Seiko/Epson’s integrated GPS chip is only 5.6mm x 5.9mm and uses less than 20% of the power used by a normal GPS module and the power conservation is massively helped by the sensor which runs the GPS, rather than constantly seeking satellites it actually ‘thinks’ when is the best time to scan the skies. Once a day it waits until it is in bright sunlight or under other bright lights, giving it a full charge & then it searches for a signal, once it gets a signal it uses this to adjust the time to an accuracy of one second in a thousand centuries. However, if the watch has little or no light falling on it, it ‘remembers’ the time of the last update and tries then. I mentioned that it seeks a signal every day, however if the watch has very low light levels falling on it, it will extend the time between scans until the light levels return to normal. The power usage is so low that there is sufficient energy left to run a perpetual calendar module, so that not only does the watch know the correct time anywhere in the world, but it also knows the correct date.
Even the antenna for the GPS is rather different, instead of using conventional off the shelf ones, Seiko/Epson developed a new ring shaped antenna which sits around the dial and, in order for the signal not to be attenuated by the metal case, it sits under a ceramic bezel, no matter which material the case is made from.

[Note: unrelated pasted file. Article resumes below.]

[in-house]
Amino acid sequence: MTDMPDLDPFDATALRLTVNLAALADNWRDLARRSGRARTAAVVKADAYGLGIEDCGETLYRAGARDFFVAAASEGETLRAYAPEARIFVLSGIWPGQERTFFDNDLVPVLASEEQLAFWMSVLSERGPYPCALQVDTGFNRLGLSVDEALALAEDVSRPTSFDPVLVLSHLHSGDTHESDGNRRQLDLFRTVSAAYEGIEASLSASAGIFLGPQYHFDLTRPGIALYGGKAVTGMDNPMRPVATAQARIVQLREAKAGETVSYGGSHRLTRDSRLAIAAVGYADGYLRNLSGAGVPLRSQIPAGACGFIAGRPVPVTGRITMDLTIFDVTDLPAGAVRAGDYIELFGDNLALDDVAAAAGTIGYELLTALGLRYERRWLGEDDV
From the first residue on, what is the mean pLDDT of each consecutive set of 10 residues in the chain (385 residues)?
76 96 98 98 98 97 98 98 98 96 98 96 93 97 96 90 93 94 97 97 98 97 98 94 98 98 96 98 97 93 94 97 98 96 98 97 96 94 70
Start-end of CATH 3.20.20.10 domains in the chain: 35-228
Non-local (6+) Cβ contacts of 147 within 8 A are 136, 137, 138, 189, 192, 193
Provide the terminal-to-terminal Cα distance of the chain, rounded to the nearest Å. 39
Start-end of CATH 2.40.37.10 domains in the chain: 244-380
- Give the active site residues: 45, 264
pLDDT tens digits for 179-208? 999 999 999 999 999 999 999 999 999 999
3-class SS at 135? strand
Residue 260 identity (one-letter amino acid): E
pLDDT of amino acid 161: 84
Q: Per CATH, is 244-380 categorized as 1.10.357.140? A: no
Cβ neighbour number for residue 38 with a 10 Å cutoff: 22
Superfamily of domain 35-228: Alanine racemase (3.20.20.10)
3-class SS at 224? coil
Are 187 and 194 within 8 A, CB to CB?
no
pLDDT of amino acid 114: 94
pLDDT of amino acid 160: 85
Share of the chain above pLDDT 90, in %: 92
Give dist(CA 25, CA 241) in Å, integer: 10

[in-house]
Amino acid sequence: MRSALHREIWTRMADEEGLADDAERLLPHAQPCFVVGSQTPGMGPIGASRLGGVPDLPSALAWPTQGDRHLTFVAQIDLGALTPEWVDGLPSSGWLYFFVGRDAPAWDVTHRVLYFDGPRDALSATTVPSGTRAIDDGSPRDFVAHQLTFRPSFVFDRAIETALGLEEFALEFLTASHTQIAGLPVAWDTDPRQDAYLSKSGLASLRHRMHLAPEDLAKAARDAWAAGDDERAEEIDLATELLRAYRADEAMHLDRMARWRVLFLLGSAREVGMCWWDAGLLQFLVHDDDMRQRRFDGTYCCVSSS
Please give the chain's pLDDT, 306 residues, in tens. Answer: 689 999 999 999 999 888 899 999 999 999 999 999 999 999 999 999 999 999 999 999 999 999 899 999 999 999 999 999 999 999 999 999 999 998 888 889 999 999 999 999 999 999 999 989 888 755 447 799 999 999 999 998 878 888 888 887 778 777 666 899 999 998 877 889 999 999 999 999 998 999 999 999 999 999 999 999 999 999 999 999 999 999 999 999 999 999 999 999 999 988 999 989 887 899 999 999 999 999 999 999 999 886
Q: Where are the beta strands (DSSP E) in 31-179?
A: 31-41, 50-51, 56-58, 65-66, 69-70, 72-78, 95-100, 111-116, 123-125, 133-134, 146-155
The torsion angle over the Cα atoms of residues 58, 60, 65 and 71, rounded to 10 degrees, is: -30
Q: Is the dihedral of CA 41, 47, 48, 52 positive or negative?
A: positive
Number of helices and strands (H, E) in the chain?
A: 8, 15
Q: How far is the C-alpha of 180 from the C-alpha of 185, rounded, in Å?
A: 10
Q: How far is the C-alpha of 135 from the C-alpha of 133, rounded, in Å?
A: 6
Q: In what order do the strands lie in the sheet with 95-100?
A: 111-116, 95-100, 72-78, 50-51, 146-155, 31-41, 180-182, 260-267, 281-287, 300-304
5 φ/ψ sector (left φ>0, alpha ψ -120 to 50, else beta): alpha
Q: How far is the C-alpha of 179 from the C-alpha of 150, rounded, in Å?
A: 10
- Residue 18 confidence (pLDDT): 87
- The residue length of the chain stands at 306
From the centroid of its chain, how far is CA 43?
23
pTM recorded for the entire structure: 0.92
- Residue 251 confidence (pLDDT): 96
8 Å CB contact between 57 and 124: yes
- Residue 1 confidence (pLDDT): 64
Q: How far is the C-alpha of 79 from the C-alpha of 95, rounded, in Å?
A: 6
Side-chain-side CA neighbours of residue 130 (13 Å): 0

That is just some of the technology involved in the creation of the watch; let’s talk about how this technology is used. Remember that GPS has no concept of time zones but only the latitude, longitude, and altitude. This means that the location and the time zones must be linked. ASTRON has a database of time zones which identifies the local time by matching the location information and the time zones database. The database, held on a chip, matches over a million GPS locations to their time zone and instructs the module which moves the hands and tells it to where they should be moved.
Unlike conventional multi time zone watches, the Astron GPS Solar doesn’t use just the conventional 24 hour time zones, each representing an arc of 15⁰ longitude, rather it uses all 39 distinct time zones. Including the strange ones where the location is 15, 30 or 45 minutes past the hour.
What is great about the watch is that all of this technology is contained in what can best be described as a ‘normal’ watch; it isn’t cluttered up with ‘bells and whistles’; there is just a date aperture, a second time zone dial (for your ‘home’ time) and a mode setting sector. It is a sizeable 47mm, but actually wears much smaller on the wrist; just have a look at the above image. Available in either steel or titanium, I very much recommend the titanium version as the steel version seems much too heavy on the wrist.
It is quite an expensive watch, with the prices ranging between £1,500/£2,500 (€2,000/€3,300 or $2,300/$3,750) but for the world traveler there is no other watch currently available which can do what the Astron GPS Solar offers right now. The watch was launched the previous week in Japan on the roof of Seiko’s own WACO store on the Ginza, and the 1,000 units available at the launch were all sold. Similarly, I was told at the launch that the entire European allocation was all allocated even before the launch.